New York's political scene -- upended this week by a newly drawn congressional map -- got even more interesting Friday with an announcement from former New York City Mayor Bill de Blasio.
"Today I'm declaring my candidacy for Congress in the 10th Congressional District of New York," de Blasio said during an appearance on MSNBC's "Morning Joe."
The new district will span from lower Manhattan to Brooklyn, including de Blasio's neighborhood of Park Slope, if the map is approved as expected by a state judge on Friday.
"The poll shows people are hurting," de Blasio told "Morning Joe" co-host Joe Scarborough. "They need help, they need help fast, and they need leaders who could actually get them help now and know how to do it."
De Blasio's run for a House seat comes after two terms as mayor and a failed presidential bid in 2020. He also considered a run for governor earlier this year but ultimately decided not to challenge sitting Democratic Gov. Kathy Hochul. Instead, he said at the time would devote "every fiber" of himself to fight inequality in New York.
He tweeted Friday morning that "the way to save democracy is be part of it."
At least one other Democrat will be competing against de Blasio for the nomination. State Sen. Brad Hoylman told THE CITY this week he'll be campaigning in the new 10th District barring any more changes from the court.
But more are reportedly considering jumping into the race. Assemblymember Yuh-Line Niou's team said this week she's been approached by community leaders to run in the new district, and that she's "seriously considering" it.
New York's current 10th Congressional District is represented by House Judiciary Chairman Jerry Nadler. But thanks to the new map, Nadler is running in a new district against House Oversight Committee Chairwoman Carolyn Maloney.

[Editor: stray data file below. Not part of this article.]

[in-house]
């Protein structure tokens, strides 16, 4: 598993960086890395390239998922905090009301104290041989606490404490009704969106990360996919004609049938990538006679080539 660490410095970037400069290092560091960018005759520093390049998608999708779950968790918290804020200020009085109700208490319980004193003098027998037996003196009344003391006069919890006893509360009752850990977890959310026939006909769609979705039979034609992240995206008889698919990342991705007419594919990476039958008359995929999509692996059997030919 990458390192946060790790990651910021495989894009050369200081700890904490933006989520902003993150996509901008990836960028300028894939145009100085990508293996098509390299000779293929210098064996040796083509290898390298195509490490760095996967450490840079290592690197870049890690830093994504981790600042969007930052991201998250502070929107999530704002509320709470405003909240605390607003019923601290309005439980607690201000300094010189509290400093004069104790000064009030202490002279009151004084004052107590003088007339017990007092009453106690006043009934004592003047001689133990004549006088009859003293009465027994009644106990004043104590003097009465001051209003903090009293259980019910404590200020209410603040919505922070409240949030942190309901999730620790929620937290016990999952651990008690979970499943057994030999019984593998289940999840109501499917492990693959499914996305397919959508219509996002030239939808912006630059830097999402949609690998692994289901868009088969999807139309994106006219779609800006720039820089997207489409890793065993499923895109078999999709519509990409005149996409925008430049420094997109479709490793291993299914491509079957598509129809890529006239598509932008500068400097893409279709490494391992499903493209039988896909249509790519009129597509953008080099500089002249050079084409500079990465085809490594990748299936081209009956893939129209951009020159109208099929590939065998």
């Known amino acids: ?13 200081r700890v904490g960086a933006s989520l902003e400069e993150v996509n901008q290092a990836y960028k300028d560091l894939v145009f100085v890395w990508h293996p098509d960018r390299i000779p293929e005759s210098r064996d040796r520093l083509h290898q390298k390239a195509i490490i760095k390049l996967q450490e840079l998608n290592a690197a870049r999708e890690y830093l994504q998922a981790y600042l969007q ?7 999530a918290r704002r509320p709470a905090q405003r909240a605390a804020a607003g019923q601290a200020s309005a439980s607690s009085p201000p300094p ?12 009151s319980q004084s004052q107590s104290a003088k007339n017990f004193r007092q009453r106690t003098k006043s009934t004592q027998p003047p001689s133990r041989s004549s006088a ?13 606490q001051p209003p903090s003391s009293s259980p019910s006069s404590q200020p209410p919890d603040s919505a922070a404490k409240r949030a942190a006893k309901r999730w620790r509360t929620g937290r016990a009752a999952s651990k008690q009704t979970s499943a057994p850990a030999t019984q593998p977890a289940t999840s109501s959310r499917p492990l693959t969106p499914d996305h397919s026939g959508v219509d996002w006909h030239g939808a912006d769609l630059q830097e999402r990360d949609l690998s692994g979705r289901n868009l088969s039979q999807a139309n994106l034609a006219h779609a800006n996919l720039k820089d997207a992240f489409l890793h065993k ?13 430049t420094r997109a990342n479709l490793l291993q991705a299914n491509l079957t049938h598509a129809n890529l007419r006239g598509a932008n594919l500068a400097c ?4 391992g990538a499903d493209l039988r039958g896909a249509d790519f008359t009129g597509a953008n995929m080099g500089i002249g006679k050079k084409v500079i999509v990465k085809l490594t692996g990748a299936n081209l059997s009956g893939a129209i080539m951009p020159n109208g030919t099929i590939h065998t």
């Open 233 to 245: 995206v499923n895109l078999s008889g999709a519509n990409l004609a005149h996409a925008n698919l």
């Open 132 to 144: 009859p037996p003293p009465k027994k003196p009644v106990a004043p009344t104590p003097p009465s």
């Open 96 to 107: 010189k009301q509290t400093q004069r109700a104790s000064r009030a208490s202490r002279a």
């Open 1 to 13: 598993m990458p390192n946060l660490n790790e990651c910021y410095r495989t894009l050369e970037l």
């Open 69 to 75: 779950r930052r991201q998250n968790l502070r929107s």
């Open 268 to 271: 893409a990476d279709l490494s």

The new map also pits Rep. Sean Patrick Maloney, the head of the Democratic Congressional Campaign Committee, against first-term progressive Rep. Mondaire Jones.
Rep. Alexandria Ocasio-Cortez called the situation "chaos" on Thursday, while Rep. Hakeem Jeffries said the map would "make Jim Crow blush" since it splintered several historically Black neighborhoods.
While the map is bad news overall for Democrats, de Blasio appears to be one beneficiary of the changes.
"If he didn't have that map, he had no shot," Hank Sheinkopf, a veteran New York political consultant, told ABC News.
De Blasio has lived in Park Slope for decades and served the area as a city councilor for three terms before becoming the city's public advocate in 2009. The progressive policies he pushed for as mayor and in his short-lived presidential run could be well-received in the liberal enclaves of lower Manhattan, brownstone Brooklyn and Borough Park, Sheinkopf said.
“He has a huge following there going back to the days when he represented them in the city council,” Sheinkopf added. “It’s a perfect set up for him.”
But de Blasio left office last year with low approval ratings following his rocky run as mayor. In one Siena poll conducted in the weeks before his term ended, just 25% of voters said they viewed him favorably compared to 56% who had an unfavorable opinion -- a net negative of 31 points.
The new districts were unveiled earlier this week by a court-appointed expert after the New York Court of Appeals in April charged the legislature of improperly gerrymandering the map they originally proposed.
New Yorkers also now have to wait until August to vote in the primary elections for Congress, rather than picking their party's nominees in June, because of the redistricting process.